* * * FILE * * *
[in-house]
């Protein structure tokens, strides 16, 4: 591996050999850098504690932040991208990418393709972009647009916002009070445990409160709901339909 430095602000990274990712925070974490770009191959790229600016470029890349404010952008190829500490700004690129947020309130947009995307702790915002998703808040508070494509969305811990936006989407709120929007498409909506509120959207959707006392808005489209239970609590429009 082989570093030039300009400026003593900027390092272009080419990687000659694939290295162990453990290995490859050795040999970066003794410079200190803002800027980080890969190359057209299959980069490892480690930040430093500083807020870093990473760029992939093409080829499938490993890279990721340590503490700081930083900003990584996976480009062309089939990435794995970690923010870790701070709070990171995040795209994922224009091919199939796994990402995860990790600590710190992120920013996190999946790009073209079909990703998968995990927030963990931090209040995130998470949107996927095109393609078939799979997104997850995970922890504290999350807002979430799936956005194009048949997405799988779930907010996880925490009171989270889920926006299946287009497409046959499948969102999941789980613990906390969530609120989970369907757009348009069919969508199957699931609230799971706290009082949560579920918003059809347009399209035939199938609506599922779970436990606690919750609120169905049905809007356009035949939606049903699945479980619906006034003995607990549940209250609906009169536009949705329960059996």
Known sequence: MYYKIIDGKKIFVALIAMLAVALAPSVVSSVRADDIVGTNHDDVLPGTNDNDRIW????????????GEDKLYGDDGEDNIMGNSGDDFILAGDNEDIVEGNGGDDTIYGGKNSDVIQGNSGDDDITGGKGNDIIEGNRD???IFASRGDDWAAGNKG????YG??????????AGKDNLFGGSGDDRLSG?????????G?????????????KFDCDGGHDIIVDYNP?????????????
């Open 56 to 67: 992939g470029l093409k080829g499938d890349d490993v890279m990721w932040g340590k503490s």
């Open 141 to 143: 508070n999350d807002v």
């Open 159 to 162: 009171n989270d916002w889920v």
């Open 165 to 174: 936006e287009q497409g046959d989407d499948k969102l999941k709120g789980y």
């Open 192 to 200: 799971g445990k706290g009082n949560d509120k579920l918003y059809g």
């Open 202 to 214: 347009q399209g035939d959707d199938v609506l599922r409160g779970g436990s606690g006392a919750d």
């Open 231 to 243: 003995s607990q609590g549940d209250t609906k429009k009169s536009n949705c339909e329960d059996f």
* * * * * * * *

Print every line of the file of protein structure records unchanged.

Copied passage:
[in-house]
């Protein structure tokens, strides 16, 4: 591996050999850098504690932040991208990418393709972009647009916002009070445990409160709901339909 430095602000990274990712925070974490770009191959790229600016470029890349404010952008190829500490700004690129947020309130947009995307702790915002998703808040508070494509969305811990936006989407709120929007498409909506509120959207959707006392808005489209239970609590429009 082989570093030039300009400026003593900027390092272009080419990687000659694939290295162990453990290995490859050795040999970066003794410079200190803002800027980080890969190359057209299959980069490892480690930040430093500083807020870093990473760029992939093409080829499938490993890279990721340590503490700081930083900003990584996976480009062309089939990435794995970690923010870790701070709070990171995040795209994922224009091919199939796994990402995860990790600590710190992120920013996190999946790009073209079909990703998968995990927030963990931090209040995130998470949107996927095109393609078939799979997104997850995970922890504290999350807002979430799936956005194009048949997405799988779930907010996880925490009171989270889920926006299946287009497409046959499948969102999941789980613990906390969530609120989970369907757009348009069919969508199957699931609230799971706290009082949560579920918003059809347009399209035939199938609506599922779970436990606690919750609120169905049905809007356009035949939606049903699945479980619906006034003995607990549940209250609906009169536009949705329960059996």
Known sequence: MYYKIIDGKKIFVALIAMLAVALAPSVVSSVRADDIVGTNHDDVLPGTNDNDRIW????????????GEDKLYGDDGEDNIMGNSGDDFILAGDNEDIVEGNGGDDTIYGGKNSDVIQGNSGDDDITGGKGNDIIEGNRD???IFASRGDDWAAGNKG????YG??????????AGKDNLFGGSGDDRLSG?????????G?????????????KFDCDGGHDIIVDYNP?????????????
């Open 56 to 67: 992939g470029l093409k080829g499938d890349d490993v890279m990721w932040g340590k503490s």
């Open 141 to 143: 508070n999350d807002v």
């Open 159 to 162: 009171n989270d916002w889920v």
């Open 165 to 174: 936006e287009q497409g046959d989407d499948k969102l999941k709120g789980y």
């Open 192 to 200: 799971g445990k706290g009082n949560d509120k579920l918003y059809g």
């Open 202 to 214: 347009q399209g035939d959707d199938v609506l599922r409160g779970g436990s606690g006392a919750d």
């Open 231 to 243: 003995s607990q609590g549940d209250t609906k429009k009169s536009n949705c339909e329960d059996f």